AFF Review: The Donner Party
The obvious approach for a film about the Donner Party, one of the most infamous stories of deadly misadventure in American history, would be horror. But in T.J. Martin's The Donner Party, an Austin Film Festival selection, the historic event gets a well deserved dramatic approach that makes it all the more unsettling.
Like most dramatic retellings, the ultimate end is known, but the journey, quite literally in this case, is more important than the end result. Several groups of pioneers converged to form the Donner Party on the way to California, but after following a "new" route, ended up stranded in the Sierra Nevadas through the winter and spring of 1846.
Martin's screenplay is a thriller focusing on the psychological ordeal of starvation and extreme weather. The stark beauty of a seemingly tranquil winter forest is countered with the increasing desperation only those on the brink of survival can feel. With dwindling provisions and limited winter gear, a group sets off on a "forlorn hope" (a term usually adopted by soldiers assaulting a well defended position where the chance of survival is slim at best).
The Donner Party centers on two primary conflicts: the wilderness and the party, and William Foster's will against William Eddy's. Crispin Glover plays Foster straight, without the eccentricities for which Glover is renowned. His adversary, William Eddy (Clayne Crawford) is solely focused on his family's survival, and the two men are frequently at odds. Foster thinks he's the natural leader, but has no wilderness skills; Eddy barely keeps his contempt in check. Charles Stanton (Christian Kane) seems to have ulterior motives, but then, so do most of the characters. Personal conflicts are barely kept in check, and facades slowly start to wear the longer the party goes without provisions.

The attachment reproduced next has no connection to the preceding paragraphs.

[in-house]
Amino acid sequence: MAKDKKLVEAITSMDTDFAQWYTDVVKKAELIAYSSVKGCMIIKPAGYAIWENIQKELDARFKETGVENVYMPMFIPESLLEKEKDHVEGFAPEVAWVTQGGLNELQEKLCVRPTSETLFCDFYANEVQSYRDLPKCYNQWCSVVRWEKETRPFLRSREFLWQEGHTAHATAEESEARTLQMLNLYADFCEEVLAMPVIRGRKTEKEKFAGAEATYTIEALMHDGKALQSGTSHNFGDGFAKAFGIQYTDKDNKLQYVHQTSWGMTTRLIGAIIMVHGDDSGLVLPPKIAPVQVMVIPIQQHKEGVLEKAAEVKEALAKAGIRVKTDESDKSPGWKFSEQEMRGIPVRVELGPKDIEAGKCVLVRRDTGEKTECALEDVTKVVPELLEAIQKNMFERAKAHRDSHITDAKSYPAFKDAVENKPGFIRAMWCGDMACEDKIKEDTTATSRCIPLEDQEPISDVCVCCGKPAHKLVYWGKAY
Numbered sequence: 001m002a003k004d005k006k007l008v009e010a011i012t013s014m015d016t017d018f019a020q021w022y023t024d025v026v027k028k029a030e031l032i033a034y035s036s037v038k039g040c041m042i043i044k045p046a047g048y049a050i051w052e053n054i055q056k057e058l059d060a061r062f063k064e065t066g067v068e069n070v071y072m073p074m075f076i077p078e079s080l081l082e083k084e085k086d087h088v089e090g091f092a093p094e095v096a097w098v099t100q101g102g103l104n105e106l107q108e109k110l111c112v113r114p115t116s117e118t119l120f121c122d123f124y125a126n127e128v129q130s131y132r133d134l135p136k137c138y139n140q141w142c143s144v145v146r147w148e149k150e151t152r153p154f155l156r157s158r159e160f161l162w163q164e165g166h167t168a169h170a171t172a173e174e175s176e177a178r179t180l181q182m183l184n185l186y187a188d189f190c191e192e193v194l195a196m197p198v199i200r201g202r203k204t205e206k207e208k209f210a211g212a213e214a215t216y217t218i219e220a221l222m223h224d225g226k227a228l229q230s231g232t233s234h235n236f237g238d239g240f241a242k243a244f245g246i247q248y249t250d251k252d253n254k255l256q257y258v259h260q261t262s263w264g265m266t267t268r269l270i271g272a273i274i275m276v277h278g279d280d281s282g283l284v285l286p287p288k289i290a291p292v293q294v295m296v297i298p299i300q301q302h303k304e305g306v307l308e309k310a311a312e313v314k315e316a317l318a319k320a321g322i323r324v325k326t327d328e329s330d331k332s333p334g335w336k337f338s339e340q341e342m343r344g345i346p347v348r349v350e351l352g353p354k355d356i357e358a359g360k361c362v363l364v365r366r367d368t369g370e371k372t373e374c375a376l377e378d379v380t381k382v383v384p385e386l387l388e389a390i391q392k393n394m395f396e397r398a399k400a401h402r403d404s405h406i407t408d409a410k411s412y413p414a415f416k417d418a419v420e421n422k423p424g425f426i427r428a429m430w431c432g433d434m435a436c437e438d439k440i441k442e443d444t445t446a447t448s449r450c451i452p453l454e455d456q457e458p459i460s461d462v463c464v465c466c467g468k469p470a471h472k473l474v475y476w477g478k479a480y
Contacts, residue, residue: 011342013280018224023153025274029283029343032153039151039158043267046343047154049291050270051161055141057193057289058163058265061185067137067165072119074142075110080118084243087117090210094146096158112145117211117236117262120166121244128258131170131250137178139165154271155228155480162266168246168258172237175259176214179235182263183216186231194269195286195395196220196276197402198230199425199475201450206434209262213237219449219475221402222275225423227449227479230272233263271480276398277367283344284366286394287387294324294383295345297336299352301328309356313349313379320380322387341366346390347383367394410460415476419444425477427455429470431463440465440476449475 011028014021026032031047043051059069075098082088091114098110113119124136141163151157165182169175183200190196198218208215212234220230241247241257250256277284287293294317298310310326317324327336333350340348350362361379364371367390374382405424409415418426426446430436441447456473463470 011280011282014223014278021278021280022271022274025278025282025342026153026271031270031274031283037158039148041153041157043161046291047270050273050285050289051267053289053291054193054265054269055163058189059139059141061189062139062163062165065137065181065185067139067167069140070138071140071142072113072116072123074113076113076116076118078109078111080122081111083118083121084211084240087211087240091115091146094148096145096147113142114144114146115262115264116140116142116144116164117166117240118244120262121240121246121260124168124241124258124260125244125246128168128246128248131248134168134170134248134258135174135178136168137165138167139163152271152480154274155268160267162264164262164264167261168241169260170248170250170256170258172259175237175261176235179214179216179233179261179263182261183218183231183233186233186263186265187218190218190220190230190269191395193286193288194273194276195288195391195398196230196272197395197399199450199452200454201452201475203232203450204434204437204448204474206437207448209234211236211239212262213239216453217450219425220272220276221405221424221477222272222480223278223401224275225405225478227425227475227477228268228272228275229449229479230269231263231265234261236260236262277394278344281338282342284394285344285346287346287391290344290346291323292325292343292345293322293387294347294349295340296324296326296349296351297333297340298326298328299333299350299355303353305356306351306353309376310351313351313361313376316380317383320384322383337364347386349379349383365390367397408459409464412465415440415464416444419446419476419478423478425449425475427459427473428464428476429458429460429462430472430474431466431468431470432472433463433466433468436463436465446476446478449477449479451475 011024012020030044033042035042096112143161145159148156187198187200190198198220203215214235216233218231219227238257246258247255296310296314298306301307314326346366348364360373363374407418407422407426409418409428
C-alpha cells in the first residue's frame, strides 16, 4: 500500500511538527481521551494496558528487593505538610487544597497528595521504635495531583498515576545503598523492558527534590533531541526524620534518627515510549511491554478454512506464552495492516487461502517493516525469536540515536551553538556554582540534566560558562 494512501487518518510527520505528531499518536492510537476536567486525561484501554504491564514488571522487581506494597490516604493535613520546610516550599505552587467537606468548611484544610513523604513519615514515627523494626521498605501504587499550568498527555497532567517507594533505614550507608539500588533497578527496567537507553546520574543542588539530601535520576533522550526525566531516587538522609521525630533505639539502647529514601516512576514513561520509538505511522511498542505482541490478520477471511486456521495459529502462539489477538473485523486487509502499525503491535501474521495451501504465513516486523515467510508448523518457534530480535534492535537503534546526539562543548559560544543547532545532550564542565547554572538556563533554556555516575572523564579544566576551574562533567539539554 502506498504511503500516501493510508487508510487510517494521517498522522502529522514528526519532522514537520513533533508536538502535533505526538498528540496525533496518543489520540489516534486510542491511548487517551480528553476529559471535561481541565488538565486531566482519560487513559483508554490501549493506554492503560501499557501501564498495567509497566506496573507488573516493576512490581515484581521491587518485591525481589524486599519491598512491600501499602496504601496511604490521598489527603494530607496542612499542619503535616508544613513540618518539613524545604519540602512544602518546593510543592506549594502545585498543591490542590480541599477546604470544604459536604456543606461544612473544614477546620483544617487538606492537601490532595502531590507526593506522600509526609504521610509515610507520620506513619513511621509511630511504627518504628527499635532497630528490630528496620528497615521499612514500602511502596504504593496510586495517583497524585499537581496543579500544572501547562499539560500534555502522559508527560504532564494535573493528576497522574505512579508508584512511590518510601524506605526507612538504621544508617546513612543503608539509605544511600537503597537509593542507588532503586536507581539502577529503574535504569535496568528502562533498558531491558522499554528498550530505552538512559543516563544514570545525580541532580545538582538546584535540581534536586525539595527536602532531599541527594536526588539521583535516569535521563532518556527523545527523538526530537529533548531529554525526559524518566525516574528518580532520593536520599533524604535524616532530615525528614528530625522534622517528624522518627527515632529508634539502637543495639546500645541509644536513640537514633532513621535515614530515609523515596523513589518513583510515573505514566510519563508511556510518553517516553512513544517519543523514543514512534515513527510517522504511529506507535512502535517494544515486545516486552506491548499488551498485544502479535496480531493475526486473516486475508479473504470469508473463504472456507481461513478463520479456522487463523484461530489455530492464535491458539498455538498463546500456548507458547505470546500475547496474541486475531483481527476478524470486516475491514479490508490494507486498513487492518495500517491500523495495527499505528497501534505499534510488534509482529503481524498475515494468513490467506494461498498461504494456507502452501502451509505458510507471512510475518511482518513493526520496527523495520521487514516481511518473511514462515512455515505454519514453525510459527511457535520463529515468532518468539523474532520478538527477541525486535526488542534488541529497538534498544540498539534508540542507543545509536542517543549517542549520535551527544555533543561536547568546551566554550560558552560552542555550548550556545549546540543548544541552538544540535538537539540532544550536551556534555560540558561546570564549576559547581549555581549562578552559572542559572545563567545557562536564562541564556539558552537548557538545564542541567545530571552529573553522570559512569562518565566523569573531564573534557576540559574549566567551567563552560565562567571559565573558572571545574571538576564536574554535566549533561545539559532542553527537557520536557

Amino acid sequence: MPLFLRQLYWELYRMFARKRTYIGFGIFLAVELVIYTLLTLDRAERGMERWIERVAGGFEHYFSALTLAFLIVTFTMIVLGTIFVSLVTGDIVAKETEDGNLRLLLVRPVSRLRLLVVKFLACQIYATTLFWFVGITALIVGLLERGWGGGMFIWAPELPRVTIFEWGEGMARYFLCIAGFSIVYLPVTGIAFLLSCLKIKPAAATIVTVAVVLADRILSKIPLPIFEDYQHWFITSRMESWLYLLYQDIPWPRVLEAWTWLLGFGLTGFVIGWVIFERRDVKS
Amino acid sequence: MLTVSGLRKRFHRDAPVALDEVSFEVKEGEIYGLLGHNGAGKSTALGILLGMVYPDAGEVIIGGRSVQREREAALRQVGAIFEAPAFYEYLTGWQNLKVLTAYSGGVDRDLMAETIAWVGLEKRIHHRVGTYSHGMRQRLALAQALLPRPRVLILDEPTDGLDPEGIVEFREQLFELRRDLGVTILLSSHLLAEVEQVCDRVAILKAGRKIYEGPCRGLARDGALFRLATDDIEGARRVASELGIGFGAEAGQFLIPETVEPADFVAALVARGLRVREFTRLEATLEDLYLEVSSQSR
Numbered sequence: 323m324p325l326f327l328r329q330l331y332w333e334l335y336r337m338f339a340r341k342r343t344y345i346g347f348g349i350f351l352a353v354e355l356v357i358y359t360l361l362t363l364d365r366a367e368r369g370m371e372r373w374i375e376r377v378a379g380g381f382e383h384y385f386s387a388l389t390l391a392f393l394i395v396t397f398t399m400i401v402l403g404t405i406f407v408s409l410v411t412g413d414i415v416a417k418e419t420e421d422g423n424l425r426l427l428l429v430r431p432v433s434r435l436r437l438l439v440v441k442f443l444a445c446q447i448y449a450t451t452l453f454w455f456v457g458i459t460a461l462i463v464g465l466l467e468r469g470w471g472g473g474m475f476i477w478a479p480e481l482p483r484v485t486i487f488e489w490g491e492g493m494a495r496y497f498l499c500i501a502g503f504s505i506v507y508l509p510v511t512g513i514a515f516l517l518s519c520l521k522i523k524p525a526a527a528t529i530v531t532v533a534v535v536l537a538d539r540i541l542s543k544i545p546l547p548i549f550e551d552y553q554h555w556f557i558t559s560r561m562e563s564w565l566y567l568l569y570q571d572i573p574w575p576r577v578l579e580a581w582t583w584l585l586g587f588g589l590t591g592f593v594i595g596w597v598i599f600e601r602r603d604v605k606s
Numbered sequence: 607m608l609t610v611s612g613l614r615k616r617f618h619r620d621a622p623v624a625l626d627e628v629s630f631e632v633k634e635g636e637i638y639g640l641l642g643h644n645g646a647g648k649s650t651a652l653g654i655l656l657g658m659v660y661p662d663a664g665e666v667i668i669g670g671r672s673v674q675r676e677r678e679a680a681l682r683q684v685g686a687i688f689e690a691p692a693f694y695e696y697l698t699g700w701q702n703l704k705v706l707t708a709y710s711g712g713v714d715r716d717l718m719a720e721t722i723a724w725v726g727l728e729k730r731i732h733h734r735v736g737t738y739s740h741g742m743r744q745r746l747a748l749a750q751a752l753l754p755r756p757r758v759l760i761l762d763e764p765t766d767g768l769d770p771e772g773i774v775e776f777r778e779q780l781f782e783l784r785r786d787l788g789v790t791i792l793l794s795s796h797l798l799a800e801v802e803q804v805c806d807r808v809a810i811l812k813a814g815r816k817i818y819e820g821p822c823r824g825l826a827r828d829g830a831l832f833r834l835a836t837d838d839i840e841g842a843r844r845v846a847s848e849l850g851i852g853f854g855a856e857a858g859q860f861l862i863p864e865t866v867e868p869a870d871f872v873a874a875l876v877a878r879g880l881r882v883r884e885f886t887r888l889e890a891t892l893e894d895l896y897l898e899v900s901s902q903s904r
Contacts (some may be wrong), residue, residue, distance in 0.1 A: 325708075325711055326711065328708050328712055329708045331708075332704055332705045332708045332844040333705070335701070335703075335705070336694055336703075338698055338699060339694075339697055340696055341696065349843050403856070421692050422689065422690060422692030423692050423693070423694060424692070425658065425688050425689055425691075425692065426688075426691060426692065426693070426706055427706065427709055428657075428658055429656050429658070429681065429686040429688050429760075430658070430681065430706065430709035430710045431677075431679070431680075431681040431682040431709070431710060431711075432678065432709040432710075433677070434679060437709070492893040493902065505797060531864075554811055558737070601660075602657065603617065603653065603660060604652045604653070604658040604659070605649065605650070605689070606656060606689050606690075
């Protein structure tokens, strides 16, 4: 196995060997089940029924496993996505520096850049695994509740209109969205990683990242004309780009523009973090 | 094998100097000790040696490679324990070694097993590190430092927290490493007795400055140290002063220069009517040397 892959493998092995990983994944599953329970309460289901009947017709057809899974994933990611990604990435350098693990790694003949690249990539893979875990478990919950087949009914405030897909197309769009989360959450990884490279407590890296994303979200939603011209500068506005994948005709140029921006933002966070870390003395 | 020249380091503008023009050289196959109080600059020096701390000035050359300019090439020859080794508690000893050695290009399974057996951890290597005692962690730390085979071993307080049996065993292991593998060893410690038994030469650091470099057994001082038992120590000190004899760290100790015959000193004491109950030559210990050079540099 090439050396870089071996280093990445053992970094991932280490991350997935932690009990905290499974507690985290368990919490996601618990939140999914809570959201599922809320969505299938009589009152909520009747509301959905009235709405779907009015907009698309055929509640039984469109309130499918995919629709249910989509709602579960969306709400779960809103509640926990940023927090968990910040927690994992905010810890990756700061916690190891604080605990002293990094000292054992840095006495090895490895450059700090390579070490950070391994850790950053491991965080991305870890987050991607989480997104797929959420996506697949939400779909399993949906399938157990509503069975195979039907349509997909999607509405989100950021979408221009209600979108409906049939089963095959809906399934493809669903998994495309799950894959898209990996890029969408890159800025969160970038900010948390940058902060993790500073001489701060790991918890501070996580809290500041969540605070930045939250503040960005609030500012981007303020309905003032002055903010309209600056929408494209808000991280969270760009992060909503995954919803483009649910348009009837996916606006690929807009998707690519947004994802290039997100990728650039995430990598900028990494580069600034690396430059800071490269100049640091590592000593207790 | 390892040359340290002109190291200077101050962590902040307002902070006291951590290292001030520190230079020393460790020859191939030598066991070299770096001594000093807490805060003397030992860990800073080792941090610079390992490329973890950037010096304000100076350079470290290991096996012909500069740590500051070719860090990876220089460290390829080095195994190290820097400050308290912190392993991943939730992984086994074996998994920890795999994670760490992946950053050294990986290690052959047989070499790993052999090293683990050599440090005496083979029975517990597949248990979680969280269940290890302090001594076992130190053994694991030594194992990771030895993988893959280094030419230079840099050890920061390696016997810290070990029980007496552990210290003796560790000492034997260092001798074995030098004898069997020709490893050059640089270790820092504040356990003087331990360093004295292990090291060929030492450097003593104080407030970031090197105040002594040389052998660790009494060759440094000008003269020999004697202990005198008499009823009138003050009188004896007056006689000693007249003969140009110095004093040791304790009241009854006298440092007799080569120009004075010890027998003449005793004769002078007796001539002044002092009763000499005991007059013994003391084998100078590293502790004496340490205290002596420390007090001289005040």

The standout performance is by Mark Boone, Jr., playing a man with two daughters in the party. Boone (Sons of Anarchy, Batman Begins, Memento) is usually typecast as a thug, a drunk, or a combination of the two. But in The Donner Party he is the moral compass of the story, and does it well. In a pivotal moment, with very few words and tight camera work, Boone steals the movie.
During the minimal action in the film, the tension is palpable, as the exhaustion and malnutrition take their toll. It seems everyone has the eyes of a villain, and is trying to figure out who might turn on the rest. It's an impressive feat considering most of the action is either walking, or sitting around a fire, requiring the actors to emote their desperation with gravitas. The cannibalism is not glorified; everyone conveys a mixture of disgust and desperation in the few scenes where flesh is eaten.
Martin takes liberties creating dramatic tension between members of the party, but otherwise the story is painstakingly accurate. It was filmed at the actual Donner Pass in only 12 days.
Producer John Moore is now an Austin resident. That makes three Texas connections, as Christian Kane is from Dallas, and Cary Wayne Moore, who plays Jay Fosdick is from Alvin, Texas.
The Donner Party will be released on DVD in January 2010.